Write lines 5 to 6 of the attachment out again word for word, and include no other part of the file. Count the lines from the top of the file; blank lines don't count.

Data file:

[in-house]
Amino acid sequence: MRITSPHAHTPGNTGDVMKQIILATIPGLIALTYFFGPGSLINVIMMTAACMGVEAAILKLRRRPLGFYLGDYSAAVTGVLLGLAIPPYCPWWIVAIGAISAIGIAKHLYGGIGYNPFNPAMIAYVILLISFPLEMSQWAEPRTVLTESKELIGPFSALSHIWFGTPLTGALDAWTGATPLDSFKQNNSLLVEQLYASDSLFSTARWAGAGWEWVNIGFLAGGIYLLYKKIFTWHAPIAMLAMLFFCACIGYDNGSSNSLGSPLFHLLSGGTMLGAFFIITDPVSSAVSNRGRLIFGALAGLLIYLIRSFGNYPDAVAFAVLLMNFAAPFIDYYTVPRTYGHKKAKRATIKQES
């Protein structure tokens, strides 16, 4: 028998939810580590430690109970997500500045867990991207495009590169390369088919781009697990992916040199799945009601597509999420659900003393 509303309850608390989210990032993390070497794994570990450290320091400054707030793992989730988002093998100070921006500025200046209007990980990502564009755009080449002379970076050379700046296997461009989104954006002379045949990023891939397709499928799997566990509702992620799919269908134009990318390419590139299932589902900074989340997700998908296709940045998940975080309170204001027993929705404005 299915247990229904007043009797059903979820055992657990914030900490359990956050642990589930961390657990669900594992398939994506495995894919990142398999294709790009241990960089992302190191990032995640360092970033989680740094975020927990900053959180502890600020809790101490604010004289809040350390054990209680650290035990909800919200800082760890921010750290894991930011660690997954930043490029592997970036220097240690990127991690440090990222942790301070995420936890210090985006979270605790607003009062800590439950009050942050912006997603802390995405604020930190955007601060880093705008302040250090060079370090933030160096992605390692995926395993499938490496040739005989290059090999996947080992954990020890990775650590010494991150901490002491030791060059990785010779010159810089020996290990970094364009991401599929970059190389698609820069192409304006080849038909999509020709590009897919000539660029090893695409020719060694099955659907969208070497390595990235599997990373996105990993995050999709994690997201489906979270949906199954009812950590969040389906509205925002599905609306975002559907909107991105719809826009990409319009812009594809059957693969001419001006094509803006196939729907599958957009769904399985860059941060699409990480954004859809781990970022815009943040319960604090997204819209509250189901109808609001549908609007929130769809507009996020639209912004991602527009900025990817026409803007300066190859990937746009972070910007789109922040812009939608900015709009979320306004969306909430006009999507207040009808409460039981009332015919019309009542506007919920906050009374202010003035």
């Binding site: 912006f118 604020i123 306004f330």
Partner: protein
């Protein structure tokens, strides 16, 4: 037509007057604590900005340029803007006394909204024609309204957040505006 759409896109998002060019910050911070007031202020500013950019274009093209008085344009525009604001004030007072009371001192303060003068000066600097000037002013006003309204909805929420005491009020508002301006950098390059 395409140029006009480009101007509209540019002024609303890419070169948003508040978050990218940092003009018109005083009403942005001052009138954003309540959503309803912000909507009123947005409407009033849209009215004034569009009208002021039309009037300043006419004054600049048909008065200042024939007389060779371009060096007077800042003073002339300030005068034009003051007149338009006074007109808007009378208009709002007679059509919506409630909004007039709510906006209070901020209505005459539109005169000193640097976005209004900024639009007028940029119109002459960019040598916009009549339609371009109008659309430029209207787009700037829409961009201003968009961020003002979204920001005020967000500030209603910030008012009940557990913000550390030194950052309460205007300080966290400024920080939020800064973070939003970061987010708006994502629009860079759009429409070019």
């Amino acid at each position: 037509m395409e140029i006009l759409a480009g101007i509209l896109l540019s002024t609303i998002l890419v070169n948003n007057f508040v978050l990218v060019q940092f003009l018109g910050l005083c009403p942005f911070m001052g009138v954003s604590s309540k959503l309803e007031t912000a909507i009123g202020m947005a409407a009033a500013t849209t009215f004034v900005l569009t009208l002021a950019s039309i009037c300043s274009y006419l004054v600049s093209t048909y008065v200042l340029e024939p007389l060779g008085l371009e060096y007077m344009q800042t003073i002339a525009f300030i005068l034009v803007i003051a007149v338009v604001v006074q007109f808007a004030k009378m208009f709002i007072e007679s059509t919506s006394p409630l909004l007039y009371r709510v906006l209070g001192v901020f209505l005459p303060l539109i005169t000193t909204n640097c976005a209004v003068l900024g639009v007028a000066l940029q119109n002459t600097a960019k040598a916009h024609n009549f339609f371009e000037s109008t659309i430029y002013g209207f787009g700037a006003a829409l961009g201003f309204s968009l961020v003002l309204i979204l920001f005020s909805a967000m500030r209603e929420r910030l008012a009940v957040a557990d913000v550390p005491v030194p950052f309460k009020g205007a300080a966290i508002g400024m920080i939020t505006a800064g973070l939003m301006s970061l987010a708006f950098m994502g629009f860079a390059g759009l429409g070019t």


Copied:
Partner: protein
């Protein structure tokens, strides 16, 4: 037509007057604590900005340029803007006394909204024609309204957040505006 759409896109998002060019910050911070007031202020500013950019274009093209008085344009525009604001004030007072009371001192303060003068000066600097000037002013006003309204909805929420005491009020508002301006950098390059 395409140029006009480009101007509209540019002024609303890419070169948003508040978050990218940092003009018109005083009403942005001052009138954003309540959503309803912000909507009123947005409407009033849209009215004034569009009208002021039309009037300043006419004054600049048909008065200042024939007389060779371009060096007077800042003073002339300030005068034009003051007149338009006074007109808007009378208009709002007679059509919506409630909004007039709510906006209070901020209505005459539109005169000193640097976005209004900024639009007028940029119109002459960019040598916009009549339609371009109008659309430029209207787009700037829409961009201003968009961020003002979204920001005020967000500030209603910030008012009940557990913000550390030194950052309460205007300080966290400024920080939020800064973070939003970061987010708006994502629009860079759009429409070019």